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- is at the heart of everything Tony Howse does.

Tony's passion for nature and all it has to offer has inspired his last 20 years into a life filled with sculpture, music and organic gardening. 


His love for the Kauri tree has led Tony not just to take care of salvaged Kauri that he finds, making it into beautiful works of art. To date he has planted hundreds of Kauri trees, in an effort to bring back the majestic tree that once covered The Coromandel Peninsula, and to conserve what it is left of it today. Conservation is at the heart of everything Tony Howse does.

The Coromandel has been Tony’s home for the past 45 years it and has been a major influence in his exploration of sea life and the coastal landscape through his Kauri wood sculptures. Tony began sculpting in 1991 and has exhibited and won awards many times in galleries and at art shows throughout New Zealand.

Before sculpting begins, Tony spends hours examining a piece of wood, seeing the artwork within.Tony works with many different kinds of wood, but Kauri lies closes to his heart. The Kauri he loves to work with the most is the root systems and head wood, which he finds all over the Coromandel Peninsula. The majority of the trees were felled in the 1870's onwards, and shipped to California during the American gold rush.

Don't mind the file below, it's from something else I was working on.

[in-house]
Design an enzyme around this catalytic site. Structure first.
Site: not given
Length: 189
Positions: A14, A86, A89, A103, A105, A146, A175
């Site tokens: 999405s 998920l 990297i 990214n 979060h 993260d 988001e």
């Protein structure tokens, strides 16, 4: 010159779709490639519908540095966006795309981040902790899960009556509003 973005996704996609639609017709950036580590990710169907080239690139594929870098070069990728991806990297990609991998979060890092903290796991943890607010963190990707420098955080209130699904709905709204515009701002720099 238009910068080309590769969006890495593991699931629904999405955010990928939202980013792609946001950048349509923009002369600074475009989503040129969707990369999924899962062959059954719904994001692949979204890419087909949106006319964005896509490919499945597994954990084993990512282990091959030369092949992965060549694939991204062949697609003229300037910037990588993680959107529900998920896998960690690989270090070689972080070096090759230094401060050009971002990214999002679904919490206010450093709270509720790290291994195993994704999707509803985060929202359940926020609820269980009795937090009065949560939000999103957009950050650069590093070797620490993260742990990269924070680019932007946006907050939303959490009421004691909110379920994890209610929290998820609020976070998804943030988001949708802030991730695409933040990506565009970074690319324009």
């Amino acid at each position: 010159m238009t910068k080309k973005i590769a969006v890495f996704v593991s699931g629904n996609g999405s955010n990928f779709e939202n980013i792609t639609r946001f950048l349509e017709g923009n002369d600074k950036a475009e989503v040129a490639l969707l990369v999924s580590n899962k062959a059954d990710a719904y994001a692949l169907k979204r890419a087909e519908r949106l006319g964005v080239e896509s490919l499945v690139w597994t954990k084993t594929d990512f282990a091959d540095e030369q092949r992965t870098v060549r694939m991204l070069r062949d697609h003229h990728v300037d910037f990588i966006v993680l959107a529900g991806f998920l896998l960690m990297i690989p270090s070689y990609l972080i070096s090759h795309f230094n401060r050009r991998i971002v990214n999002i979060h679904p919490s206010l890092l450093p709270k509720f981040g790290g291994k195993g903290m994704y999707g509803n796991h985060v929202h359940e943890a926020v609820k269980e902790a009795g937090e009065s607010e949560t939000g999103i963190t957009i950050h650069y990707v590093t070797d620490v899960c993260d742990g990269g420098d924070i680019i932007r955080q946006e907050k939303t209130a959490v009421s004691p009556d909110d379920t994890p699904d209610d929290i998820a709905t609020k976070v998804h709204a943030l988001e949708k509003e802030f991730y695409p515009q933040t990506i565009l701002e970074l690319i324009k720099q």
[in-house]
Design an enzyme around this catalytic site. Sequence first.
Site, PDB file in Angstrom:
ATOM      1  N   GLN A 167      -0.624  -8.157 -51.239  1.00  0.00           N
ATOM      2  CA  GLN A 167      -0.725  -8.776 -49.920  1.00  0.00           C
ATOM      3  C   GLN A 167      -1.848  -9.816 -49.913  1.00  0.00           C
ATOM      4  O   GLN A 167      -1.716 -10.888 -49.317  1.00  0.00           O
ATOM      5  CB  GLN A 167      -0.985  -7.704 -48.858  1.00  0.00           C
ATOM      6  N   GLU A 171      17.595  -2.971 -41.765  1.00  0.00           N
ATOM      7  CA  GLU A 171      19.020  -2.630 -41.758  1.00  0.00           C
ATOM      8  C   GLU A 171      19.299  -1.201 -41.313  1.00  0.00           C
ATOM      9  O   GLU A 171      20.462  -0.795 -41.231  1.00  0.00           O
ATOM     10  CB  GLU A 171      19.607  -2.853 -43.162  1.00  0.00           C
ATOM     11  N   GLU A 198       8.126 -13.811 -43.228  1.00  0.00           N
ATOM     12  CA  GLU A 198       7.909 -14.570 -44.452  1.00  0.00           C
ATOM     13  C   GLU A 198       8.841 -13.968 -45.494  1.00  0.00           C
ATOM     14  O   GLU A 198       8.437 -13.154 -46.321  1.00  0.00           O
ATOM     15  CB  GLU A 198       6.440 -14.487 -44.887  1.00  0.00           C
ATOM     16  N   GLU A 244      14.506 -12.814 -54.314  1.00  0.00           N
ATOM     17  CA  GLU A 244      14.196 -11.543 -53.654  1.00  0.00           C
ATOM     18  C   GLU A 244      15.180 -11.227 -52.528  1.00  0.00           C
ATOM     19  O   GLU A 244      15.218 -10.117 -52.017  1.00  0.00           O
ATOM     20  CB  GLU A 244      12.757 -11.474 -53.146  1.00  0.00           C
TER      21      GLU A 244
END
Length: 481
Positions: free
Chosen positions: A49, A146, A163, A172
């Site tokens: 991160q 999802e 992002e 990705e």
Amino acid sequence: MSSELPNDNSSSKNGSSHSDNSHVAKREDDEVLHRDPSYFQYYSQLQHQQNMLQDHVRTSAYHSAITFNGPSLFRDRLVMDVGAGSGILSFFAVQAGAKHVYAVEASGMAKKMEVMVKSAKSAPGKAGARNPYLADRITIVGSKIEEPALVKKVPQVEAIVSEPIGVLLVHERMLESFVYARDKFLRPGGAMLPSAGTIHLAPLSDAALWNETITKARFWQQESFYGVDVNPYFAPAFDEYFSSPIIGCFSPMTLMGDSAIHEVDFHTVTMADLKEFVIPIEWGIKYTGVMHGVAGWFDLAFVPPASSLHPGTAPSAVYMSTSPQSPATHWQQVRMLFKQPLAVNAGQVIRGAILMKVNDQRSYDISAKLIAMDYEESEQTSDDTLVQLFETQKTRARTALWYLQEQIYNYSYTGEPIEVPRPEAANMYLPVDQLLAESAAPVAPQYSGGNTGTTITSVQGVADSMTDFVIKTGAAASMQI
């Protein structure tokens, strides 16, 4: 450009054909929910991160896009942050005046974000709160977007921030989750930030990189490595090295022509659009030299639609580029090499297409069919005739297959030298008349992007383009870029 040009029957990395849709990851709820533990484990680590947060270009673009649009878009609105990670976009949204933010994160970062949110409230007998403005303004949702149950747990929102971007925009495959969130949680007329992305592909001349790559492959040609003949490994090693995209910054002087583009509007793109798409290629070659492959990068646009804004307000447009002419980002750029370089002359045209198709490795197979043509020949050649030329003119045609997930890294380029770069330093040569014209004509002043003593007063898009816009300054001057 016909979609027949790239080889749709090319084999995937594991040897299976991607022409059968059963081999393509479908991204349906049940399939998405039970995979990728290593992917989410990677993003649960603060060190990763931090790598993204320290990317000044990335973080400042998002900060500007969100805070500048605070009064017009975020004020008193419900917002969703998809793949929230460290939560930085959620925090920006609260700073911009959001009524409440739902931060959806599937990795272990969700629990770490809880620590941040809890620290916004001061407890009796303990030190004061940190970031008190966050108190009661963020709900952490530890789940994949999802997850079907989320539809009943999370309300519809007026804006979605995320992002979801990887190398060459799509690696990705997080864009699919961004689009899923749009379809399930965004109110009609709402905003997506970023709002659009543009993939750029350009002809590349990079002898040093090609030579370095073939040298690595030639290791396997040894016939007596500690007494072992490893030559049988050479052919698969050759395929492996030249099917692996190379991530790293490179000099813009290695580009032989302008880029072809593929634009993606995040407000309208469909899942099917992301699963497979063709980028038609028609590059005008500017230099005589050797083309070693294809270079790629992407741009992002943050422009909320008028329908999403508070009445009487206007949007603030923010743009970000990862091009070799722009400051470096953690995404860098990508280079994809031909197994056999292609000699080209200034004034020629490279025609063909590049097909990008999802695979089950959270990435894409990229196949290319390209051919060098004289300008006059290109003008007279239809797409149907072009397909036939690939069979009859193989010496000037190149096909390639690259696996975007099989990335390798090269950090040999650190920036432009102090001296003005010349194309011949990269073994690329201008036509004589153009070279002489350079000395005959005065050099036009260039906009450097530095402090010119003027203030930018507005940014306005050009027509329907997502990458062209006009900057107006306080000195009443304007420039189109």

Tony Howse is the recipient of the Pride of New Zealand 2014 Awards

Tony Howse is a Dedicated Conservationist

Combining his passion for Kauri, Native birds and conservation, Tony has designed and developed the Karangahake Native Bird Reserve, located in the famous Karangahake Gorge, Coromandel, New Zealand.

Tony was a recipient of the 2014 Pride of NZ Conservation Award for his work establishing this reserve, and encouraging young people to participate in replanting it with native trees.  This beautiful reserve continues to flourish, with populations of aquatic life and native birds returning.  

Tony's current project is the development of the Spring Creek Reserve. This five hectare wetland is also situated in the Karangahake Gorge.  Wetlands are an essential component to a healthy ecosystem. Tony's work in extensive planting and providing a safe habitat has increased both the size and the biodiversity of this conservation reserve.  

The Karangahake Native Bird Reserve is open to the public. The Spring Creek Reserve is projected to be ready to be open to the public in early 2021.